INDIVIDUALITY:the condition of being attached to a unique set of labels

If it is possible to identify something consistently in time and space thruout its life-cycle and associate a unique set of labels with it, then it can be treated as an individual. Over time-scales which are small relative to its life-span, the individuality of an entity is frequently determined by general characteristics and chaotic irregularities. The nick out of the dorsal fin of a whale or the tattoo on the arm of a soldier could be adequate identification in many circumstances. Things change thruout their life-cycle however, and certain features present at one phase are absent at another. The wings of a butterfly are absent whilst it is in a caterpillar form. Markers intrinsic to all phases are needed to keep track of entities which morph. In the case of humans, we rely on certain supposedly unchanging features such as finger prints, genetic markers and iris patterns.

The capacity to ascribe individuality or not depends upon the sensitivity of our sensory skills and the technological devices used to assist the discrimination process. Several blood samples will look identical to a general observer but a medical laboratory technician would have the facilities to discriminate between them according to a variety of characteristics. Some types of entities however have to be treated as 'identical' until familiarity or advances in technology enable differences to be detected. Electrons for example are usually characterized by such properties as mass and charge and spin, and unless they can be reliably tracked in space and time they are normally deemed to be 'identical'. Biological twins are usually initially designated as 'identical' because it takes more than a casual appraisal to acquire the skill to reliably tell them apart. Even a mother may be obliged to paint the toenails of each a different colour until experience uncovers some other discriminating characteristic.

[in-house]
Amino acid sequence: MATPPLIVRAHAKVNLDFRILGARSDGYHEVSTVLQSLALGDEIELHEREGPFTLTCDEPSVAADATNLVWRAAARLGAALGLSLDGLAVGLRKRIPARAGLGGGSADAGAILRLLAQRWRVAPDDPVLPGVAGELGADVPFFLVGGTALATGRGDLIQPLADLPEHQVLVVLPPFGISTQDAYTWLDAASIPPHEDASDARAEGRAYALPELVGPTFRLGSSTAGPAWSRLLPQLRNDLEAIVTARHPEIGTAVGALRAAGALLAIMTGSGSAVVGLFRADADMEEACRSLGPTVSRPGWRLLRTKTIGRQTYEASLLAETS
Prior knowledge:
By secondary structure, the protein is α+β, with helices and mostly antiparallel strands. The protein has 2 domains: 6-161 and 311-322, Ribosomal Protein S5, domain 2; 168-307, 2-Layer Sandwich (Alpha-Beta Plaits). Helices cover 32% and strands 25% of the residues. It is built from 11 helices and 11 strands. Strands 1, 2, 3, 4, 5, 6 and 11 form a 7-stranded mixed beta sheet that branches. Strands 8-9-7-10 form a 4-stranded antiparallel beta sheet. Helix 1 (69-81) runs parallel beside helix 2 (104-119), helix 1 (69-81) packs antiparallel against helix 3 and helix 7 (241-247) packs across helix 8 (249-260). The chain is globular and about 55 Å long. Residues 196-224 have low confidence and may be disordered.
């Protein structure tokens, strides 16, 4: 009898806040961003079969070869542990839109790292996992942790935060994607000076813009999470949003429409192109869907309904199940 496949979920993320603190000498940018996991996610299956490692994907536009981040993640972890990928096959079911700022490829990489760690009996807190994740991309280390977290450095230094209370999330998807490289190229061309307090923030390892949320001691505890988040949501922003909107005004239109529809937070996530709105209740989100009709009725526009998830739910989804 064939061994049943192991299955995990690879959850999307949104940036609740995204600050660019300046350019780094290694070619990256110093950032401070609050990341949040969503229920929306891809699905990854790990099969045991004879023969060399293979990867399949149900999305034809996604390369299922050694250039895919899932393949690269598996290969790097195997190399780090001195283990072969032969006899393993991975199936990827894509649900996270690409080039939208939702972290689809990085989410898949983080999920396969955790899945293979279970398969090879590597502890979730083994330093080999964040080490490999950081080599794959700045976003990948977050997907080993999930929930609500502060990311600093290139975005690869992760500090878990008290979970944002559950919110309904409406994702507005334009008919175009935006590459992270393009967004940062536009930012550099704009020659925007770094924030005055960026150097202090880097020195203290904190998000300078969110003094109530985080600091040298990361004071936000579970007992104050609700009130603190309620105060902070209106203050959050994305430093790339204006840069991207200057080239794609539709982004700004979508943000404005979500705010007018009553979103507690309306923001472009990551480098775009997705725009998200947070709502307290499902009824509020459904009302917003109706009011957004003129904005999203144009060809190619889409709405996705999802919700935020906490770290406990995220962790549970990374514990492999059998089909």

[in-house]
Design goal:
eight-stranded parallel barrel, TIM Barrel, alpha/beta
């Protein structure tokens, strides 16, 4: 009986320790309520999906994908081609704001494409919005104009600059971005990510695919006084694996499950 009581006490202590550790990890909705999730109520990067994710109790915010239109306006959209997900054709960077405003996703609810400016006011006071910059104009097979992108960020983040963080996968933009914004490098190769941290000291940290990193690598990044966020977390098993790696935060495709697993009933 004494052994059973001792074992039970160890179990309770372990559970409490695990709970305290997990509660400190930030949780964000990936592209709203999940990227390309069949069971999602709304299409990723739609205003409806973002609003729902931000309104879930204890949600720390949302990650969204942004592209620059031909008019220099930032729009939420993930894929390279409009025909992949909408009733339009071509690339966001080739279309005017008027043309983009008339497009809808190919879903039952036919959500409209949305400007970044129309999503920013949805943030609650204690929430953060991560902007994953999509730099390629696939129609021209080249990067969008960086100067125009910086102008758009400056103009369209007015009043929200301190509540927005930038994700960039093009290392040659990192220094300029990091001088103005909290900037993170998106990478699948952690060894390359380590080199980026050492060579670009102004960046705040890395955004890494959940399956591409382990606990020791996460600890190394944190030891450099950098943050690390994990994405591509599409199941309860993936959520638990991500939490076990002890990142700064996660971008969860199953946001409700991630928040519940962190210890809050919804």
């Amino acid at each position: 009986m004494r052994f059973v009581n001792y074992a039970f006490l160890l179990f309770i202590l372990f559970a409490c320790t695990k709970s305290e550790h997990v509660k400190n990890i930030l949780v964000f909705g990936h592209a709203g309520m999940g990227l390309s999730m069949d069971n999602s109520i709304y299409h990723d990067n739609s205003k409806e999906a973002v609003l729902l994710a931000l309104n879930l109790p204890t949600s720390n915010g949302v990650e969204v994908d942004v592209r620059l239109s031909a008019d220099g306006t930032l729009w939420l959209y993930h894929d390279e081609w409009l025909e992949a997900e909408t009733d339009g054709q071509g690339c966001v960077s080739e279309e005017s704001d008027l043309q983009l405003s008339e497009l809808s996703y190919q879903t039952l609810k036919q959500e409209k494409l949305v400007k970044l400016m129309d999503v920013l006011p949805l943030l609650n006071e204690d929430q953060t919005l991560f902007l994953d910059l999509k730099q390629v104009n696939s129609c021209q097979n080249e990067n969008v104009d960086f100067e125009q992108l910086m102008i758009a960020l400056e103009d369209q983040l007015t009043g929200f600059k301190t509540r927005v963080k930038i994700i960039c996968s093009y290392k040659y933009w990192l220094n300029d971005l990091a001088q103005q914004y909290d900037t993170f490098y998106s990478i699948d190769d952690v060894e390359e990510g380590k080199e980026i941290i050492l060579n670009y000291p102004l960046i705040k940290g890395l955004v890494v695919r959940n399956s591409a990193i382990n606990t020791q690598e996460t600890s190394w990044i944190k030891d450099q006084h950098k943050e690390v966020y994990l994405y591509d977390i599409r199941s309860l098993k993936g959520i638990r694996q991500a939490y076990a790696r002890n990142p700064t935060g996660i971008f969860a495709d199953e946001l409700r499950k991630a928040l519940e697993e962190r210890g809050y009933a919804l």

Some caution is needed to avoid indulging in philosophical sophistry when using the word 'identicality'. The claim for instance that... [venus] and [the evening star] are identical... is nothing more than a kind of self-evident truth. There are not two entities which are indistinguishable at all. At core there is nothing more going on than the labelling of the one entity twice. To claim that an entity is identical to itself is not that illuminating or bright... It is only if there actually are two entities...because we are able to observe them both together at the same time... that the extent to which their properties are the same does indeed raise a genuine possibility of 'identicality'.

In social and political contexts biological individuality is actually a condition of vulnerability, powerlessness and dependency. The typical individual depends upon organized and cultural structures for food and shelter and support, and has little physical capacity to resist the demands and expectations of powerful social groupings. Even the all-powerful leader relies on political support which can vanish even quicker than it was formed. The human fantasy of superheros is a recognition of this reality of individual impotence. The solitary individual that chooses to demonstrate its individuality by providing for its own food and shelter, is easy pickings for the organised group that chooses to take over its resources. Even all the so-called 'individual achievements' invariably depend upon significant social contributions. One cannot climb a mountain or circumnavigate the globe or even write and talk, without the contribution of countless other individuals who have developed and constructed all the materials and technology necessary for carrying out the feat.

In spite of such vulnerability, the individual is still the essence of variation and creativity. Without the random and unique quirks of individuality, physical and social evolution is not possible. Without the flashes of individual originality and inspiration, the development of knowledge is not possible. In whatever context, the absence or suppression of individuality will be overwhelmed by adverse consequences.